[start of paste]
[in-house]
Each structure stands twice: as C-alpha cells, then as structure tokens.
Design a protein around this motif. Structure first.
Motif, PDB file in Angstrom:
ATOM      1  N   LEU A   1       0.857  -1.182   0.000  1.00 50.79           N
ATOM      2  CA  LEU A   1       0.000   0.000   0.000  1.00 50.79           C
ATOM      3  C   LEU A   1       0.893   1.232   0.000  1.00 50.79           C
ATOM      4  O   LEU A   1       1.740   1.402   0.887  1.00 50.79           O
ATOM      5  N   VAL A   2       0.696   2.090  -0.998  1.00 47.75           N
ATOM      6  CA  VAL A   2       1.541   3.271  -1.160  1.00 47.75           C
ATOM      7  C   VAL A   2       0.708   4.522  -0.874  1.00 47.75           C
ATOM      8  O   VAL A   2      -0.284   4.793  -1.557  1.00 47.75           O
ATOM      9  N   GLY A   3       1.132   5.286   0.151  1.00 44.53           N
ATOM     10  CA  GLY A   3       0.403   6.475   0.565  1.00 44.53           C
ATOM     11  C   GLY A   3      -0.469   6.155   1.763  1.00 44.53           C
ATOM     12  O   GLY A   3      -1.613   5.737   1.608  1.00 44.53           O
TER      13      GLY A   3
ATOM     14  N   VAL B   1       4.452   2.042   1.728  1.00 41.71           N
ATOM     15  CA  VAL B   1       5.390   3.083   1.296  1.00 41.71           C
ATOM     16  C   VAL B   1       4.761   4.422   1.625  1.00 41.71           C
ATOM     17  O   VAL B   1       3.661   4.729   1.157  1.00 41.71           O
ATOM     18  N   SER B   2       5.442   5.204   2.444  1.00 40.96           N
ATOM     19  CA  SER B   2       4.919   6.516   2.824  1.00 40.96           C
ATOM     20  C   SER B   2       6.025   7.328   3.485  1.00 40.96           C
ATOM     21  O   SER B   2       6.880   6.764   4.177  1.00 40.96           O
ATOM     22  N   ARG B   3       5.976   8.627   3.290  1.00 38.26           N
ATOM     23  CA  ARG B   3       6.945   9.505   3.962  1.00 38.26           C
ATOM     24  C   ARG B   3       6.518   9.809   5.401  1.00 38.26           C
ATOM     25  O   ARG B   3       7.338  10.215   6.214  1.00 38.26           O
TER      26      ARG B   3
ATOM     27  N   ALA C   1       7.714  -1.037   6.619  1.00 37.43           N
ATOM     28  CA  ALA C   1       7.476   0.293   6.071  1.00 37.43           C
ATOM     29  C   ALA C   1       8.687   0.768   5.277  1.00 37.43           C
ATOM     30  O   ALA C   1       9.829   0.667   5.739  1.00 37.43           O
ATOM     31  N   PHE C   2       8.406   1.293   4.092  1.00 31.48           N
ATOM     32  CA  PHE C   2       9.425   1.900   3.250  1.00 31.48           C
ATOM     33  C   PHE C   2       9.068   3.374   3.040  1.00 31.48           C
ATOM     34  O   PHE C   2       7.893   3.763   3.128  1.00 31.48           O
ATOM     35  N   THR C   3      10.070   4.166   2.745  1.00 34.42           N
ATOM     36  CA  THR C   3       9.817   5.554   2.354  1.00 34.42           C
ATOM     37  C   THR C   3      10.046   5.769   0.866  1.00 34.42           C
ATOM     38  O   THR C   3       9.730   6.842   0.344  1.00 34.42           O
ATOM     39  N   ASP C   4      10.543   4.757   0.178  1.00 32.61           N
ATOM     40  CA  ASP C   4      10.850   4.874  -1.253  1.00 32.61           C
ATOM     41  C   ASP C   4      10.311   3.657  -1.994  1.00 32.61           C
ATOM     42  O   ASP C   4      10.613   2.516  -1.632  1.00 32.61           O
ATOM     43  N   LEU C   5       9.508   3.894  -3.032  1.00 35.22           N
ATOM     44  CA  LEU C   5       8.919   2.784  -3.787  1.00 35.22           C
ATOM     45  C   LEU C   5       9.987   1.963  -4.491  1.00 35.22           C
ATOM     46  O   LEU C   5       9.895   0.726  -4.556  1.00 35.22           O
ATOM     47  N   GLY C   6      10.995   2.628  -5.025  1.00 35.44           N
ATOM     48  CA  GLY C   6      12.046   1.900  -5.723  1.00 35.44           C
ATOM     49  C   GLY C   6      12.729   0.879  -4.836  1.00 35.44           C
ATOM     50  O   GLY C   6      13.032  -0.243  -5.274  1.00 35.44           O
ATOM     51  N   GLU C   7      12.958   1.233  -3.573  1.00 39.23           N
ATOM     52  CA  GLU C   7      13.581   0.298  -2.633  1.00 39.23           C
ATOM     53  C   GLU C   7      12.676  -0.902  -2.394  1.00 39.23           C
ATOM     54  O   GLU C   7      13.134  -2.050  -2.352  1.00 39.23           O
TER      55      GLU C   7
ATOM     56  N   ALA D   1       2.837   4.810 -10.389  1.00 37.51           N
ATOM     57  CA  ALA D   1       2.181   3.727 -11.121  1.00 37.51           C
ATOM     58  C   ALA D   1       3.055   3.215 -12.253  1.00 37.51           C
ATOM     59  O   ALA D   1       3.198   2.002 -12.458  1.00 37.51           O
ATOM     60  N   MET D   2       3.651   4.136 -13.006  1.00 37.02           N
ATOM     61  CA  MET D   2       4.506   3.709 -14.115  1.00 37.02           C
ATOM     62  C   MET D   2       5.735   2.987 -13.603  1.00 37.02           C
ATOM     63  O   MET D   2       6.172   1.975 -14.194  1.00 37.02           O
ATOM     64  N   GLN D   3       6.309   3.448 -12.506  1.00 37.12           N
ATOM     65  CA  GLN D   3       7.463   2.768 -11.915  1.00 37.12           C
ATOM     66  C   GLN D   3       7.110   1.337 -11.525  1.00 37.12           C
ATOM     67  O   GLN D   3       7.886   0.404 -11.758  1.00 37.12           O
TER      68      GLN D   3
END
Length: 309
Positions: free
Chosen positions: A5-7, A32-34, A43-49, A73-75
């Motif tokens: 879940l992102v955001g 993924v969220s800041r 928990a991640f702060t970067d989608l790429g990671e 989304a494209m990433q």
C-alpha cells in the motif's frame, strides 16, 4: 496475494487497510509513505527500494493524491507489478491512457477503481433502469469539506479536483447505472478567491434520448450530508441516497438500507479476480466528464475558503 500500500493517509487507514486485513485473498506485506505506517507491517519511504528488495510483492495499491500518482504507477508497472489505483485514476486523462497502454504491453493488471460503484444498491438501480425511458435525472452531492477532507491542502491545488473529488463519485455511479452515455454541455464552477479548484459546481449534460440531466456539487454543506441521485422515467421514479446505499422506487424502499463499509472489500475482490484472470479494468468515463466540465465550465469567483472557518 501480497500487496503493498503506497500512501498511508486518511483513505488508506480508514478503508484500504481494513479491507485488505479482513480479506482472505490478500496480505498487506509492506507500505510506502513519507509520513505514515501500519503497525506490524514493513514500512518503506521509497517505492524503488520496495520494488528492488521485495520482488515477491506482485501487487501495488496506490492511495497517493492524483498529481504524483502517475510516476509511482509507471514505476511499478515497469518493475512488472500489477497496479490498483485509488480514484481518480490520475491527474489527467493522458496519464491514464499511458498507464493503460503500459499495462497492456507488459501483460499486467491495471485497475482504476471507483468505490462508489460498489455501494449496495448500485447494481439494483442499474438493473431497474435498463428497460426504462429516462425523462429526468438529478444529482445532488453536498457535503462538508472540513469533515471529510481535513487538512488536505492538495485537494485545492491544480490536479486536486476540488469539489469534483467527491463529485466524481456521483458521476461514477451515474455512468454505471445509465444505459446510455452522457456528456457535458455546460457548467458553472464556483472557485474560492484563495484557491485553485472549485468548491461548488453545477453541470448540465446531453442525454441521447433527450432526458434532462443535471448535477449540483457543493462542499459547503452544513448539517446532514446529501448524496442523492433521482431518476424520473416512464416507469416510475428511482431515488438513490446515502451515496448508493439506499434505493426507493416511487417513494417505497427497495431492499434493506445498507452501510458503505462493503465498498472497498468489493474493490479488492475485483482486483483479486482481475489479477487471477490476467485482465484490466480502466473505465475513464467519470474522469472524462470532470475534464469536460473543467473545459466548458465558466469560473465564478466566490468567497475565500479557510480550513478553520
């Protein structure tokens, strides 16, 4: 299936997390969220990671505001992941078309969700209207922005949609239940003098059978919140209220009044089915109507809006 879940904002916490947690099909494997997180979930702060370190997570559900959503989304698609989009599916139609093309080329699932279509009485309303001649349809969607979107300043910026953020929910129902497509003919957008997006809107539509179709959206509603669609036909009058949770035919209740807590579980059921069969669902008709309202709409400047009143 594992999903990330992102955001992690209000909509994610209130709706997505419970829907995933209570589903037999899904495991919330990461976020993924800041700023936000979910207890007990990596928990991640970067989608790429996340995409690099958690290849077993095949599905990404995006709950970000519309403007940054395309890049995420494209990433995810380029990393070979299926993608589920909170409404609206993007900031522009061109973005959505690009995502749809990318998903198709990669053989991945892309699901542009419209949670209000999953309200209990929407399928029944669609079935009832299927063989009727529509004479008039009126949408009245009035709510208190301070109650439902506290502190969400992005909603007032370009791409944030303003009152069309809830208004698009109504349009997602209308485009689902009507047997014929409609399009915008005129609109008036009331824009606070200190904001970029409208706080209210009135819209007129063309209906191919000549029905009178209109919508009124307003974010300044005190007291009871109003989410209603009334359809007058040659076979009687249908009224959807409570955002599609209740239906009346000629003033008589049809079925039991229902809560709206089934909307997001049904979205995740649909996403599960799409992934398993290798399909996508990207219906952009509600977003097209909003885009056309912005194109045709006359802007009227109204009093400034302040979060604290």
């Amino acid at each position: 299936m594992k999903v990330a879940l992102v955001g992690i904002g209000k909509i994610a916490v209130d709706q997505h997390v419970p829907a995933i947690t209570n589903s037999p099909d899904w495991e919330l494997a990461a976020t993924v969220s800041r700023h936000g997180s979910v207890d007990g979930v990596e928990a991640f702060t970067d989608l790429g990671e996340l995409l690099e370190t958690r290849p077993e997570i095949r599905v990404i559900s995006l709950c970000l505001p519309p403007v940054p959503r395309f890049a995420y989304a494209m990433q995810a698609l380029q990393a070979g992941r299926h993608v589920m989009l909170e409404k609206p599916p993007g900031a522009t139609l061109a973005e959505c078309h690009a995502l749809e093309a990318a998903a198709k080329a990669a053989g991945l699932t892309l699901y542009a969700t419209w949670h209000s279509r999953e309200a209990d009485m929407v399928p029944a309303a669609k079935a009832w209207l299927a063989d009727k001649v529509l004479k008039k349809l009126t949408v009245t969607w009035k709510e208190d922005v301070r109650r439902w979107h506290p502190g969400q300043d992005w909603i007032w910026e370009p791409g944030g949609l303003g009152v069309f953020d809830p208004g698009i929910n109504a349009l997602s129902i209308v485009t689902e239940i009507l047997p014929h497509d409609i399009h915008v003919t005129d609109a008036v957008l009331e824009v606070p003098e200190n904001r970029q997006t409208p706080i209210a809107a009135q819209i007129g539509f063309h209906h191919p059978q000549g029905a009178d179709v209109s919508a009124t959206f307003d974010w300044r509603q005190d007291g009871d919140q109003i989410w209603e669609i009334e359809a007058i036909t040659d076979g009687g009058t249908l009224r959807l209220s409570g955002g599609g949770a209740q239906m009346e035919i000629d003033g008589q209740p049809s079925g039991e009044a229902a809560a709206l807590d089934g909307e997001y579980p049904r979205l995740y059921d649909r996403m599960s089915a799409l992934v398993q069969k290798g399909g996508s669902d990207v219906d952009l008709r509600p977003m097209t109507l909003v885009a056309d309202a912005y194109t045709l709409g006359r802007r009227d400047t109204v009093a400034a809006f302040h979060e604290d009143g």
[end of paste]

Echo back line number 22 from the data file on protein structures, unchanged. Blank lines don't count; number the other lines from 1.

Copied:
ATOM     18  N   SER B   2       5.442   5.204   2.444  1.00 40.96           N